Tag Archives: Sri Lankan cuisine

Green Mallum

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Mallum is Sri Lanka’s answer to a salad. A bevy of greens wilted, spiced and combined with shredded coconut amongst other wonderful spices. It’s often served as a condiment, an addendum to a meal. Something to add flavour, colour and vivid green health.

It’s a healthy alternative to lettuce and greens doused in dressing and I know for me it helps balance the colours in a meal. I struggle to eat without some green on my plate,

When I made this, I used silver beet and some outer leaves of cabbage from my parent’s garden. Green spinach, kale, collard greens are all easily used.

The trick to this is to slice the greens as finely as possible. It’s a skill I lack so, like me, do the best you can.

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Ingredients

  • 200g greens, washed and dried (5-6 leaves)
  • 2 tbsp. oil
  • 1/2 red onion finely chopped
  • 1 sprig curry leaves
  • 1 tsp. mustard seeds
  • 1/2 tsp. maldive fish
  • 2 dried chillies finely sliced
  • 1/4 cup shredded coconut
  • 1/2 tsp. turmeric
  • salt to taste

Preparation

Finely slice the greens. I find rolling them tightly into a cigar shape and using a sharp knife is the easiest way to get a fine slice.

In a small frypan add the oil. When hot, add the curry leaves, mustard seeds and onion. Fry until the onion is soft.

Add the chopped greens and cook until just wilted. Now add the coconut, mustard seeds, turmeric and salt, Mix well until just warmed through.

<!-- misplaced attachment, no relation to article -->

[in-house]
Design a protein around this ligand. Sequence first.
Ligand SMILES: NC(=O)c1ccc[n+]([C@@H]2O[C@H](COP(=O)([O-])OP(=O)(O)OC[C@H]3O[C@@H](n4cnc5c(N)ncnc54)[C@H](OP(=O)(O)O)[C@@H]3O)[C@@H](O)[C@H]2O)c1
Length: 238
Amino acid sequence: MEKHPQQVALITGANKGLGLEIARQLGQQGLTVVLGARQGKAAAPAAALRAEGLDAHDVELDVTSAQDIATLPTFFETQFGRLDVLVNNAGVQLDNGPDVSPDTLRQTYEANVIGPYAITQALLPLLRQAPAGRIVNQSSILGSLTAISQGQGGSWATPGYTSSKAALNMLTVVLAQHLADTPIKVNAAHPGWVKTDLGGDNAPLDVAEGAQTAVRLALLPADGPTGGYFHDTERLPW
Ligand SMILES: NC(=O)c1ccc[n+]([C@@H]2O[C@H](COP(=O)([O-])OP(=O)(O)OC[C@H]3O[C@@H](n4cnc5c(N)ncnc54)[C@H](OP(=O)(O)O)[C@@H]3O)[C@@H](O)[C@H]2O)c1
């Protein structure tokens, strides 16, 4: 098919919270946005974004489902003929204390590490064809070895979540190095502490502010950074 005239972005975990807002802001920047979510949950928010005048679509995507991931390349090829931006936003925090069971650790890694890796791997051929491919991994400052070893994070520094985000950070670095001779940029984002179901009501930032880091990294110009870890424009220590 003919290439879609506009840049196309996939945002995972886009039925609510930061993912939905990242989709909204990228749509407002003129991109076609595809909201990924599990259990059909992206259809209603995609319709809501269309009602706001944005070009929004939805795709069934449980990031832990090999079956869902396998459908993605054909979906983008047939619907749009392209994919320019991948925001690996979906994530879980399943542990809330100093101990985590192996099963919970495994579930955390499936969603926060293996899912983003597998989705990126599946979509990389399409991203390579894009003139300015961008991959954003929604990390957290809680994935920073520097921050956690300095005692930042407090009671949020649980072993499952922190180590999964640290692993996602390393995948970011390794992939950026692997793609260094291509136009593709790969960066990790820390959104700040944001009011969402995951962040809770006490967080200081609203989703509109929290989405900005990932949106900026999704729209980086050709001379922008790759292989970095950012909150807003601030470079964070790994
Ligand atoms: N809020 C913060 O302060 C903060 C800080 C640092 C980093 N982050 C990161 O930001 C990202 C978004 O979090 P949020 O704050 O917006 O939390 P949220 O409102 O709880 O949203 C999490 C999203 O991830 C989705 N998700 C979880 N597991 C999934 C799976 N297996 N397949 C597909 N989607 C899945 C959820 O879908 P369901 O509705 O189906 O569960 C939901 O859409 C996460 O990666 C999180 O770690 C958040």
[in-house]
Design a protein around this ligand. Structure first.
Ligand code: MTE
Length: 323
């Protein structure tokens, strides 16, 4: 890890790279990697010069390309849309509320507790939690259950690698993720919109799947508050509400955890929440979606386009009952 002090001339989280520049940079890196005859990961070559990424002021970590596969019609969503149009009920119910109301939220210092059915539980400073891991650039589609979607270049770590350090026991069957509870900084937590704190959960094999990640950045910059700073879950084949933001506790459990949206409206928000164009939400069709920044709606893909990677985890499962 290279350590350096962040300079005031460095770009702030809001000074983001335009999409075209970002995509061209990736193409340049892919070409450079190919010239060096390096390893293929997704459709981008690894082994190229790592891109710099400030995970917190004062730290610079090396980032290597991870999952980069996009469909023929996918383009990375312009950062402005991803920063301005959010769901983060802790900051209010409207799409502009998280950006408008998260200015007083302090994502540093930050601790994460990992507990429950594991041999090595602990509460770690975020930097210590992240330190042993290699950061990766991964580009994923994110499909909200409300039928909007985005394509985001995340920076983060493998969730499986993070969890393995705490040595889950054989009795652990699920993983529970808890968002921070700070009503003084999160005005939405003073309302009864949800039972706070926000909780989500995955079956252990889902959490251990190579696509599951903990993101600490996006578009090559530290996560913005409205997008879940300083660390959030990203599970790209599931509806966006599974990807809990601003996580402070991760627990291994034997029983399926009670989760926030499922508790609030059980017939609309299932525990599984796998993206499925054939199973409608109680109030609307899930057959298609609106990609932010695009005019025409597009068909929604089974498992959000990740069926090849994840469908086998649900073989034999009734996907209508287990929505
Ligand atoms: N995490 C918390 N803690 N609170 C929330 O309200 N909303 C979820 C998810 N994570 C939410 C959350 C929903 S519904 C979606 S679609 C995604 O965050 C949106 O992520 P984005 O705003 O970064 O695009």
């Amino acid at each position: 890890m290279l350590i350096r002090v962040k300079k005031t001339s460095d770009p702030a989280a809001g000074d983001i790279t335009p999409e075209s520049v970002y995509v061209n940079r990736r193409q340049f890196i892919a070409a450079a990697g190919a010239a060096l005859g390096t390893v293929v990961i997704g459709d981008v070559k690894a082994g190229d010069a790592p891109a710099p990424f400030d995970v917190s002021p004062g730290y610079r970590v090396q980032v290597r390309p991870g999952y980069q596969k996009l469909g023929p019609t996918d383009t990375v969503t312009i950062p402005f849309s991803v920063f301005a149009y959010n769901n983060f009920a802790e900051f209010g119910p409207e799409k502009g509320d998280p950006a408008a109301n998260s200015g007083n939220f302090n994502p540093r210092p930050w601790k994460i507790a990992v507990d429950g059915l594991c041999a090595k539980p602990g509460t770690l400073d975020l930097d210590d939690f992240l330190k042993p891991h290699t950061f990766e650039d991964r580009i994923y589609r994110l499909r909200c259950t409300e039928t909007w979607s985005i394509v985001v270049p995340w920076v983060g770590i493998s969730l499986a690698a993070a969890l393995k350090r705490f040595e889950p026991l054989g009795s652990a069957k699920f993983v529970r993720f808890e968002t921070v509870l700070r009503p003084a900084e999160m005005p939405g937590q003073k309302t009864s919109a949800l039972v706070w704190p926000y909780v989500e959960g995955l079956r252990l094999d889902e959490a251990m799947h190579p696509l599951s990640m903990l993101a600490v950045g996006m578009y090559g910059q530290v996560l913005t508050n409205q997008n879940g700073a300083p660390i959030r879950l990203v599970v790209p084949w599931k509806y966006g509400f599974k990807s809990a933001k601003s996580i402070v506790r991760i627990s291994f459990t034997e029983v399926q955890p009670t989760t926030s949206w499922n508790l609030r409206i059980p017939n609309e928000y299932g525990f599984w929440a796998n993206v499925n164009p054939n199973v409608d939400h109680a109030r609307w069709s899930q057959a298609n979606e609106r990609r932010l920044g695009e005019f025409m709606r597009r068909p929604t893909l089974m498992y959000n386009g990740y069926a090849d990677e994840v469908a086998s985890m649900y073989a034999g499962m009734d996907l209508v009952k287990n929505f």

Serve warm with fluffy white rice.

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Filed under Snacks and Sides, Uncategorized, Vegetable Dishes, Vegetarian Curries

Parippu – Sri Lankan style dhal with coconut milk

I’m not going to mince words here. If you want to call yourself a serious Sri Lankan cook, this recipe has to be in your repertoire. No buts. Dhal really is the centre of Sri Lankan cuisine, some would probably argue the centre of many South Asian cuisines. It’s cheap, it’s quick and it’s delicious.

While many  babies born in the Western world will delve into the world of solid food with pumpkin pureed to within an inch of it’s life or smashed banana, most Sri Lankan babies I know would count this dish below as one of their first.

Of course, a dish so ubiquitous will naturally be very controversial. There are versions without coconut milk (NOOOOO), there are some that finish of with a crispy fried mixture of mustard seeds, onions and chillies (YES PLEASE) and everyone will have a different preference for how long and soft they cook their lentils. Really, you decide. The spices are easy to follow, if you like the curry hotter at more green chillies and some chilli flakes as you cook. If you like a thicker more creamy dhal cook till the lentil begin to disintegrate and add more coconut milk.  The number 1 rule as far as I was taught is simple, don’t add salt till the end. It will harden the outer shell of the lentil and would wont get that soft, melt in your mouth texture.

As you can see in the pic, I like my lentils separate and with some definition. I don’t want a mush. However, I’ve tasted mushy dhal and it’s just as delicious. It’s just not the way I make it.